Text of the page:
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Perceptual Learning of Motion Leads to Faster Flicker Perception

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dc.contributor.author Seitz, Aaron R. en_US
dc.contributor.author Nanez, Jose E. en_US
dc.contributor.author Holloway, Steve R. en_US
dc.contributor.author Watanabe, Takeo en_US
dc.date.accessioned 2012-01-11T17:18:53Z
dc.date.available 2012-01-11T17:18:53Z
dc.date.issued 2006-12-20 en_US
dc.identifier.citation Seitz, Aaron R., Jose E. Nanez, Steve R. Holloway, Takeo Watanabe. "Perceptual Learning of Motion Leads to Faster Flicker Perception" PLoS ONE 1(1):e28. (2006) en_US
dc.identifier.issn 1932-6203 en_US
dc.identifier.uri http://hdl.handle.net/2144/3161
dc.description.abstract Critical flicker fusion thresholds (CFFT) describe when quick amplitude modulations of a light source become undetectable as the frequency of the modulation increases. The threshold at which CFF occurs has been shown to remain constant under repeated testing. Additionally, CFF thresholds are correlated with various measures of intelligence, and have been regarded by clinicians as a general measure of cortical processing capacity. For these reasons, CFF is used as a cognitive indicator in drug studies, as a measure of fatigue, and has been suggested as a diagnostic measure for various brain diseases. Here we report that CFFT increases dramatically in subjects who are trained with a motion-direction learning procedure. Control tasks demonstrate that CFFT changes are tightly coupled with improvements in discriminating the direction of motion stimuli, and are likely related to plasticity in low-level visual areas that are specialized to process motion signals. This plasticity is long-lasting and is retained for at least one year after training. Combined, these results show that CFFT relates to a specialized sensory process and bring into question that CFFT is a measure of high-level, or general, processes. en_US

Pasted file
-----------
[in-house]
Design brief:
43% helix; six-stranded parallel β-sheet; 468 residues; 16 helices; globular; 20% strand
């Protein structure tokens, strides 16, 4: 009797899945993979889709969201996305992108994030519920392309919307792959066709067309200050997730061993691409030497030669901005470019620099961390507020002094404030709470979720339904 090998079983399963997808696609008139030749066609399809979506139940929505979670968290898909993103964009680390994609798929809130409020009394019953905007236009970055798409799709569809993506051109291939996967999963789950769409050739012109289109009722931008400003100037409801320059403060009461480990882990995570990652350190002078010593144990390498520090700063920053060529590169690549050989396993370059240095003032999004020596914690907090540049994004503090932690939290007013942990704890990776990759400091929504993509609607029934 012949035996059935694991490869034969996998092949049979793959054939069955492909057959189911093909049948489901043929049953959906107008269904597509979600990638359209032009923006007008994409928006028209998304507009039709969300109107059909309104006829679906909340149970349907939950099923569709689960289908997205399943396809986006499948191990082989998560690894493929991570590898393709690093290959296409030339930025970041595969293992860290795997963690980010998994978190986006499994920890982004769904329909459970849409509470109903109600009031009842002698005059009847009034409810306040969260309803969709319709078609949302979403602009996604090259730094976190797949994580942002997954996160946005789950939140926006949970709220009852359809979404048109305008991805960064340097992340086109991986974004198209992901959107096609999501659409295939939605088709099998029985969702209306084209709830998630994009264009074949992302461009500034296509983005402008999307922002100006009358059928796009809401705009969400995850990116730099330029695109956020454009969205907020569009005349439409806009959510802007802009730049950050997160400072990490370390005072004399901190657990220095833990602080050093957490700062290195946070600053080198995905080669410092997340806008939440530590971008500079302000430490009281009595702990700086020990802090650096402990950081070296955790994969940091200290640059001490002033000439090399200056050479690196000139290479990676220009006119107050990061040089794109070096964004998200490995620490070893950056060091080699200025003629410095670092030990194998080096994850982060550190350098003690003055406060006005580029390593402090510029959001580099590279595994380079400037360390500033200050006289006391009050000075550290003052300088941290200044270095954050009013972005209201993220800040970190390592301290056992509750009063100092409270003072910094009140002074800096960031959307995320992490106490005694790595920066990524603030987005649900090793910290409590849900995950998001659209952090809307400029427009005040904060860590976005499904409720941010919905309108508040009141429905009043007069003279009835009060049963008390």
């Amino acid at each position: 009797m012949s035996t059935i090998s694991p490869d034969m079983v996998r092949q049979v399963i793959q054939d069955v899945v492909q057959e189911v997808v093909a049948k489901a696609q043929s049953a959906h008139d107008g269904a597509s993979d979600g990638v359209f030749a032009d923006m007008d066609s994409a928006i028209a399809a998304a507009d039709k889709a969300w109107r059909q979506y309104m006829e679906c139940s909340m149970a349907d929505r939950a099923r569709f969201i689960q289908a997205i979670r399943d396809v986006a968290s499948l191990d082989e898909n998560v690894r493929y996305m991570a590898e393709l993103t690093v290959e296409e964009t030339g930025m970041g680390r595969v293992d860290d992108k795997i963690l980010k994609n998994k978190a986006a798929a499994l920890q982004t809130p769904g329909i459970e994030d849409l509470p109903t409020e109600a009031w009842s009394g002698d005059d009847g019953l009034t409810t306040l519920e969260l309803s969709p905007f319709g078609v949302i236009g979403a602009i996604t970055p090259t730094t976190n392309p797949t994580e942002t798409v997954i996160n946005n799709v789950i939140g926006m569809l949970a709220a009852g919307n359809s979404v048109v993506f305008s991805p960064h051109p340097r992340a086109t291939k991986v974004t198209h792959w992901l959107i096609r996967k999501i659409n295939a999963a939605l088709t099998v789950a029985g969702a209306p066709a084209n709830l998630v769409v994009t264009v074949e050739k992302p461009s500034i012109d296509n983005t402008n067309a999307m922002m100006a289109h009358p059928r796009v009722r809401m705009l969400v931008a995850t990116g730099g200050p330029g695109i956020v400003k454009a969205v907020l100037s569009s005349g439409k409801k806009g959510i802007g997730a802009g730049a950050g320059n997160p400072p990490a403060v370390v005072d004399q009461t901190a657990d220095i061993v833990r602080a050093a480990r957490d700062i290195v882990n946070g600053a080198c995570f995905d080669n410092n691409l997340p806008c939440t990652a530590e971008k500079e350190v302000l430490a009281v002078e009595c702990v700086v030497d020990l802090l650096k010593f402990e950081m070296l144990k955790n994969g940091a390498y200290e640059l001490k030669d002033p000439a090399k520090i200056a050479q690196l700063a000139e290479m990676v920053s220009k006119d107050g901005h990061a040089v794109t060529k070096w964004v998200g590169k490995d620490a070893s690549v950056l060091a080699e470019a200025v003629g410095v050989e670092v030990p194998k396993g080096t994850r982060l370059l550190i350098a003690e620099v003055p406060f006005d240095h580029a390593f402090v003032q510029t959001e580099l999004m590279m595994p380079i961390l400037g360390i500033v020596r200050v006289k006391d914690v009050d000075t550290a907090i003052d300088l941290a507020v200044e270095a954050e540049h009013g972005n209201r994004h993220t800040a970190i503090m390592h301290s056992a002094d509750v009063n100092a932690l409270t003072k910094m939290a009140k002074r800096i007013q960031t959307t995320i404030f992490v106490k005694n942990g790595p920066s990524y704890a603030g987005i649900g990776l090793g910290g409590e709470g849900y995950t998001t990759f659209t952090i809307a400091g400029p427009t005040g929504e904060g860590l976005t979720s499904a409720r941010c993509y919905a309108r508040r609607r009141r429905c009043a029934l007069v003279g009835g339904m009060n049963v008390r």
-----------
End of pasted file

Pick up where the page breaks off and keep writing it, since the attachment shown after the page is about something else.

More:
dc.description.sponsorship National Science Foundation (BCS-9905914, CELEST); National Institutes of Health (R01EY015980-01); Human Frontier Research (RGP18/2004) en_US
dc.language.iso en en_US
dc.publisher Public Library of Science en_US
dc.title Perceptual Learning of Motion Leads to Faster Flicker Perception en_US
dc.type article en_US
dc.identifier.doi 10.1371/journal.pone.0000028 en_US
dc.identifier.pubmedid 17183655 en_US
dc.identifier.pmcid 1762365 en_US


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